In our modern fast-paced society, we probably don’t stop to think about how all of the things that are part of our daily lives reach us. Due to the ideas of one man, the world is shrinking as it globalizes. Modern container shipping will celebrate its 60th anniversary next year. Container ships now carry about 60 percent of the total value the world’s goods shipped by sea.
The History of Containerization
Though transporting containers has been practiced since 1792, it wasn’t until 1955 that modern containerization was introduced by American entrepreneur, Malcom McLean. (Image: Malcom McLean, http://bit.ly/1TLcMgF)
He came up with the idea that if he was able to drive his truck straight onto the transportation ships with its cargo and drive it off at the destination point. He later realized the process could be much simpler if the containers could be lifted off the trucks and placed on the ships. The process he created is called “inter-modalism” transportation; cargo can be transported in the same container, without being unloaded or reloaded, through the duration of its route, and on different modes of transportation. Thanks to the efficiency of modern containerization, the world is shrinking and human choice is growing. (Video: http://ed.ted.com/lessons/how-containerization-shaped-the-modern-world)
Since McLean started his shipping business, the technology of shipping containers continues to advance. The third generation of shipping containers for RO-RO ships using non-cassette carrier (NCC) technology lifts steel plates and coils. This technology is improving the efficiency of the shipping process.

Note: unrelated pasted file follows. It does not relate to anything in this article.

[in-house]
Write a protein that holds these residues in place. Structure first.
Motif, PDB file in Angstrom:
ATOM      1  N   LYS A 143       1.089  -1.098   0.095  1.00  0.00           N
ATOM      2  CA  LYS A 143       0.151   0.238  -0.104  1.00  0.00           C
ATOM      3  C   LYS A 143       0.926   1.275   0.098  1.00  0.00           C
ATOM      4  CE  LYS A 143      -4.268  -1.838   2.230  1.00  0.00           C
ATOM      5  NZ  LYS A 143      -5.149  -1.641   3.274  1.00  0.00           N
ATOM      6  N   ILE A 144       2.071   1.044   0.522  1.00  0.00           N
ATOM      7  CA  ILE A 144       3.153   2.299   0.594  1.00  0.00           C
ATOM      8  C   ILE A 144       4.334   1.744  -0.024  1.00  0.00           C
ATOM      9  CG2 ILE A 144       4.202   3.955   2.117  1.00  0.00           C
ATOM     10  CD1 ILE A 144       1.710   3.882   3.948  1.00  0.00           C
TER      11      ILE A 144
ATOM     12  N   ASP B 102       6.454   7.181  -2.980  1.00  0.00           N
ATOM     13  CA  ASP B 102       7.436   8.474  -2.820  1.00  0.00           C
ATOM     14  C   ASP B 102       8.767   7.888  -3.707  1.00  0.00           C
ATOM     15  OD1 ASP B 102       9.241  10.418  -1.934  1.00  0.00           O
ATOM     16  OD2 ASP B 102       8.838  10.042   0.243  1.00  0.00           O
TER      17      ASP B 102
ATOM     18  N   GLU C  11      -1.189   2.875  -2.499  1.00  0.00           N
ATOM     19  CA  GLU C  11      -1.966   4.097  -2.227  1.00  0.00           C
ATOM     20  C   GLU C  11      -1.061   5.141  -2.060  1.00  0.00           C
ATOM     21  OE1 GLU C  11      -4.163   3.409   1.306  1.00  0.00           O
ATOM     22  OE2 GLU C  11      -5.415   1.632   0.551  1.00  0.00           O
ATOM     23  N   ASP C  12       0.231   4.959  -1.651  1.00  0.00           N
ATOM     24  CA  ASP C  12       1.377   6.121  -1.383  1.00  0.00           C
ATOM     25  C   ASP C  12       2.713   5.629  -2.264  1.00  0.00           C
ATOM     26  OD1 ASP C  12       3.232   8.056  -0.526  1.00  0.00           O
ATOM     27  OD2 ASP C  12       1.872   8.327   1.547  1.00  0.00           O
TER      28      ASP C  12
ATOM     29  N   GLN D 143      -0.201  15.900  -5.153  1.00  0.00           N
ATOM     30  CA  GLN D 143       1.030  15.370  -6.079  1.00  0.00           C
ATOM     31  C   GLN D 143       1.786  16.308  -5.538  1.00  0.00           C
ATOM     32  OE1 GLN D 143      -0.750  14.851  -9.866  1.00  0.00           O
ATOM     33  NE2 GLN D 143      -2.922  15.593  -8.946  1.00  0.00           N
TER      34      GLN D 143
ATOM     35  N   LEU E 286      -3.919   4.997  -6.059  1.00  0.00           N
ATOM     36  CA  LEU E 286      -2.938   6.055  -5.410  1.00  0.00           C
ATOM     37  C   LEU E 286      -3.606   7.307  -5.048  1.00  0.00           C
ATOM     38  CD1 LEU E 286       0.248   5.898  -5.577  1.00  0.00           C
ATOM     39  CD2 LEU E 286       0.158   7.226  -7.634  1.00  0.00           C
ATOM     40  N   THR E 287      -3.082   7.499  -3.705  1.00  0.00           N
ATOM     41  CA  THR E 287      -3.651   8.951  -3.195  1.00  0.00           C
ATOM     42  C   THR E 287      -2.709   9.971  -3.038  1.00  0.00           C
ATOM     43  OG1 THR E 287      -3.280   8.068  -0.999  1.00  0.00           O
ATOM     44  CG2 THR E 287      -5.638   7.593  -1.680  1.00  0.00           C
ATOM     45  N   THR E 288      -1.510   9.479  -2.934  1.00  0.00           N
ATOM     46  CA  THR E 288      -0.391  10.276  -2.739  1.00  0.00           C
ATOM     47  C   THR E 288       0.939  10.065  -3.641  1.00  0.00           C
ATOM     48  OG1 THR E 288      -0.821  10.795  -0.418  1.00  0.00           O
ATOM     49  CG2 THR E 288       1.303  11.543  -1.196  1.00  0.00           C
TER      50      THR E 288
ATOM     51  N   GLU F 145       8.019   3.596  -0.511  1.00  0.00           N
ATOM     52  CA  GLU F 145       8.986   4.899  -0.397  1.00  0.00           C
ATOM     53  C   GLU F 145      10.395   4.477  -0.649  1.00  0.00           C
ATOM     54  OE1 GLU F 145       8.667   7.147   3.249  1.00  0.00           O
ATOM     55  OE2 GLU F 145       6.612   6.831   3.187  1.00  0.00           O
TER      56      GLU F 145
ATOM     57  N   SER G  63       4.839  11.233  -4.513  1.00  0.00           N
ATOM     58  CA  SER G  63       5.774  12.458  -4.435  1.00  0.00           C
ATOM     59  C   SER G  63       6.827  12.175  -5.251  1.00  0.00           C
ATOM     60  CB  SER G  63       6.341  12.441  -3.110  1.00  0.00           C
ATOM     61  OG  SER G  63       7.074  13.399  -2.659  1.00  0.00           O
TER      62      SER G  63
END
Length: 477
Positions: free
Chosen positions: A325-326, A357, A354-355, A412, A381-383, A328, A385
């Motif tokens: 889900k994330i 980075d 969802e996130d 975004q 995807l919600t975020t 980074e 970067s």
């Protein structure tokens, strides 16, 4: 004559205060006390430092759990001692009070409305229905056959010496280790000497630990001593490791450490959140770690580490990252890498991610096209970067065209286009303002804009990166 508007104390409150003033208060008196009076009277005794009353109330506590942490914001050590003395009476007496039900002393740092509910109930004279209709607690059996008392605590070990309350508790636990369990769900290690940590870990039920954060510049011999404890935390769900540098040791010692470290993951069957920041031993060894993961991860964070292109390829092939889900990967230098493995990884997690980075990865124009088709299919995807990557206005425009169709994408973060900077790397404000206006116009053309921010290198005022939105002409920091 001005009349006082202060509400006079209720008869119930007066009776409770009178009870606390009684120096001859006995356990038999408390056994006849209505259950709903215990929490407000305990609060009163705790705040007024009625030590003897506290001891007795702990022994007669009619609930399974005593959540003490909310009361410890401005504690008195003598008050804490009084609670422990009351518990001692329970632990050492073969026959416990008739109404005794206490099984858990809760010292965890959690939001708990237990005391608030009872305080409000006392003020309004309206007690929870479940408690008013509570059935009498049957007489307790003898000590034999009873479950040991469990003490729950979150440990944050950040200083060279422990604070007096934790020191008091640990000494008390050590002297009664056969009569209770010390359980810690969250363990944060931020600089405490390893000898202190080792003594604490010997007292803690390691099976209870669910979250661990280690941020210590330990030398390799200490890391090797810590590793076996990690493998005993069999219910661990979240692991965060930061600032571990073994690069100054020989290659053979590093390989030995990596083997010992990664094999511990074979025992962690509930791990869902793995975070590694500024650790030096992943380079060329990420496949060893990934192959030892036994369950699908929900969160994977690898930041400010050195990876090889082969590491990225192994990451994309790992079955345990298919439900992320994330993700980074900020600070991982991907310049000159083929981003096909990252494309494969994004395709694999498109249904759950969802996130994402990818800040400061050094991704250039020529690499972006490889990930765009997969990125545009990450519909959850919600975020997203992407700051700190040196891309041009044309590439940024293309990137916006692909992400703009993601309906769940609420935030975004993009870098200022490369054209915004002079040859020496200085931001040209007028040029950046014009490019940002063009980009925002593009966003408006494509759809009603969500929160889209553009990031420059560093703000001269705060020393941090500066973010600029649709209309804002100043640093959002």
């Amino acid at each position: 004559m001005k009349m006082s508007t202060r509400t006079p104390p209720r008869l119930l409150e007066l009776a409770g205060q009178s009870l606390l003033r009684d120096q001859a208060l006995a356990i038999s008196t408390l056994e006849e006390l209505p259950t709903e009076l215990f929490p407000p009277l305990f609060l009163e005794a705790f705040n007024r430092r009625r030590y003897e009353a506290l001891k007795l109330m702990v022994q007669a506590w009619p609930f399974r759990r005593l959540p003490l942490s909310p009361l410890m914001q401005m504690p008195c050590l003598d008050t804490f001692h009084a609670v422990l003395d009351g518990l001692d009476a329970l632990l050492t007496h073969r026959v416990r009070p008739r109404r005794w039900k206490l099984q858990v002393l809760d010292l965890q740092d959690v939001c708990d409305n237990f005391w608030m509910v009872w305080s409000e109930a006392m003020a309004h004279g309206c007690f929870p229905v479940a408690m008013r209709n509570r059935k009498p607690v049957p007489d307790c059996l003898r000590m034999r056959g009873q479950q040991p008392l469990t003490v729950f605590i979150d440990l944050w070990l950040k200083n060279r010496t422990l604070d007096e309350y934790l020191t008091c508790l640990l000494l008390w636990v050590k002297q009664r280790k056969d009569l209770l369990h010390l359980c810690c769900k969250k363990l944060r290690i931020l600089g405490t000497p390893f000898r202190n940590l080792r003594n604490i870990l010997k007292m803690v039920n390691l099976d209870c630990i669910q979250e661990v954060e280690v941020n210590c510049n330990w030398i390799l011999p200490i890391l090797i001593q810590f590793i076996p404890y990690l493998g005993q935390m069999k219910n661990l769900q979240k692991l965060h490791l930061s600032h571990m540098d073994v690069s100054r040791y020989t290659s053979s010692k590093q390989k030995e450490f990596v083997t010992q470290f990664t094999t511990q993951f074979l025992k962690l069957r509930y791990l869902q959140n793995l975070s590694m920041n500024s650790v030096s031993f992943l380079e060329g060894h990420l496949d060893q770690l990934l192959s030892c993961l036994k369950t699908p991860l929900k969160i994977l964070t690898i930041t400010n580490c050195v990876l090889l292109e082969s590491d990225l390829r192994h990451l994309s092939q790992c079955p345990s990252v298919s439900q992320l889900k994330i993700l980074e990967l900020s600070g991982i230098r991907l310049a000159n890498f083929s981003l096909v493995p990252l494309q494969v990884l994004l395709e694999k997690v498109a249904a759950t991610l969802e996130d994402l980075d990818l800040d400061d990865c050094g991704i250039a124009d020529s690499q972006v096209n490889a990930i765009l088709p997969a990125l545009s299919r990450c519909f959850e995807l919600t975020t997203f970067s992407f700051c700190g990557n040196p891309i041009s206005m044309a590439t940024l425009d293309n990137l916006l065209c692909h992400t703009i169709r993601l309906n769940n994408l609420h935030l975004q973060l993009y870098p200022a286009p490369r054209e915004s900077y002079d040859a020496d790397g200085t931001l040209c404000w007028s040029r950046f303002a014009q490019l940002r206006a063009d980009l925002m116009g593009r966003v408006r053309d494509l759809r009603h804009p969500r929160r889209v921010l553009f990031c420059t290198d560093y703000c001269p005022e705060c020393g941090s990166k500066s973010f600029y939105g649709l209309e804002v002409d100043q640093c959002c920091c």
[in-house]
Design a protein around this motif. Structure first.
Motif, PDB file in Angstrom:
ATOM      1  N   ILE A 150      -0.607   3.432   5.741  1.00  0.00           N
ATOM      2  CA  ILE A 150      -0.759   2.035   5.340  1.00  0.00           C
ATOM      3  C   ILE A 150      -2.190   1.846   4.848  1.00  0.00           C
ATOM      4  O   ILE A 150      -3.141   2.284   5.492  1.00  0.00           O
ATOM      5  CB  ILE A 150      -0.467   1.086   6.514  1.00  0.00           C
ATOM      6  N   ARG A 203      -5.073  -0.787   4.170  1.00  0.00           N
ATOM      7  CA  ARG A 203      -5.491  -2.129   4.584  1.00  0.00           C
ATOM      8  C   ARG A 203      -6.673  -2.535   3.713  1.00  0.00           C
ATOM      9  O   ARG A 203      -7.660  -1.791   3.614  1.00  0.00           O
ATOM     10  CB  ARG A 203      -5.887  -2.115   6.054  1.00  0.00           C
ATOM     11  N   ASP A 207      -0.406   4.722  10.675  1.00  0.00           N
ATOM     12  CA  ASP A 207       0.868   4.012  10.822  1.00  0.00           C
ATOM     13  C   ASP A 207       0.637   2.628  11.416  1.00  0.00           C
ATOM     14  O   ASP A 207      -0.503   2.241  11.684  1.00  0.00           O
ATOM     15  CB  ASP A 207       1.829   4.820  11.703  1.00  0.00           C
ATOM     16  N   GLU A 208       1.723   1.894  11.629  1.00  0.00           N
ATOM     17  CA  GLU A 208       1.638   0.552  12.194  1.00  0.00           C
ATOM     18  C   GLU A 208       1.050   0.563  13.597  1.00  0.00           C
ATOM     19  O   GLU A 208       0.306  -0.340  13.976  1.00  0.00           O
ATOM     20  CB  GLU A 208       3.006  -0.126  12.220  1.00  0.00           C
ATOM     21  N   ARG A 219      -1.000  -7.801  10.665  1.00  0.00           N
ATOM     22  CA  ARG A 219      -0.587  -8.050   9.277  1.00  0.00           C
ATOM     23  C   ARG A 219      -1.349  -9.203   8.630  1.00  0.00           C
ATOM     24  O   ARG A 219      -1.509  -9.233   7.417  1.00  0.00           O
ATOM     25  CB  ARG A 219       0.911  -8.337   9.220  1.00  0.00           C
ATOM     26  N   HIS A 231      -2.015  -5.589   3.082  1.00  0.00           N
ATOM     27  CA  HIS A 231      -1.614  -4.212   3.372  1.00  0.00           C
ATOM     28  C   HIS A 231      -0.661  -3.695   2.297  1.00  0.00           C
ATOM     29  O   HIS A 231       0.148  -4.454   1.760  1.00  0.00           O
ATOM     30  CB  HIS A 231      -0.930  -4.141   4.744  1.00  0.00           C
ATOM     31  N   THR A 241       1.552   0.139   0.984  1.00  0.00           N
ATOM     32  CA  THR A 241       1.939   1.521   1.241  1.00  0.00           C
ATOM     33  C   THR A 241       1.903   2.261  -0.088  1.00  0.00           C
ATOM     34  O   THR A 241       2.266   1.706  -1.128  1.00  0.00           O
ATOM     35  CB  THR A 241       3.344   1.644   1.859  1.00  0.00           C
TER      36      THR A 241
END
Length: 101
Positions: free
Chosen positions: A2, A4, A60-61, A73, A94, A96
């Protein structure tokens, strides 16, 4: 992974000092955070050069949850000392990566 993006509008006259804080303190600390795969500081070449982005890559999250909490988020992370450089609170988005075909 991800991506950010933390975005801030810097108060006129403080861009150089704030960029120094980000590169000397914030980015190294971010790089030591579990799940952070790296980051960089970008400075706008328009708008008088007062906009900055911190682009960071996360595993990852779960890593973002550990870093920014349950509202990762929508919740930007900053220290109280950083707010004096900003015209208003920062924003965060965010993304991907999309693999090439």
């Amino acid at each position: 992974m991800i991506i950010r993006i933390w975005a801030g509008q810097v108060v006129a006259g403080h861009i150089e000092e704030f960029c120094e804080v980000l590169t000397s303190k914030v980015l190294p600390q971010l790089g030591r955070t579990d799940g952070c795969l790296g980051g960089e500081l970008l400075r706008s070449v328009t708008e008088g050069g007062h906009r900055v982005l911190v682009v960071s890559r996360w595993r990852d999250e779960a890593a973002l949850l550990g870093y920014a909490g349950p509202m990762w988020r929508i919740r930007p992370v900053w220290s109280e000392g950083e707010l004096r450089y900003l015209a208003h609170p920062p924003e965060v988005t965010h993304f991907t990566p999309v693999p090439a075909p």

The Efficiency of RO-RO Carriers
On July 2, the Gwangyang Frontier, the world’s first NCC concept RO-RO carrier, left the Port of Gwangyang. The Gwangyang Frontier is dedicated to the shipment of steel plates, and delivers only POSCO Steel products. It will drastically reduce logistics costs for POSCO by improving transport efficiency to a much higher level than conventional RO-RO ships currently operate.
The first generation of steel carriers loaded and unloaded steel by using wharf cranes, which was a very time-consuming and complicated process. The second generation of dedicated steel carriers developed the RO-RO concept to load and unload steel coils by cassette and to be carried to the transporters. The second generation RO-RO carriers required large investments in heavy equipment at both loading and unloading ports.
Gwangyang Marine has acquired a third generation carrier which applies the world’s first concept NCC technology, using bundle transport, and specializing in lifting steel plates and coils. It is expected to save annual logistics costs of about 2.5 billion won by reducing the loading and unloading time by half, and is capable of lifting super-wide and super-long cargo. It is expected to have a big impact on conventional ways of transporting steel plates and coils in future for POSCO.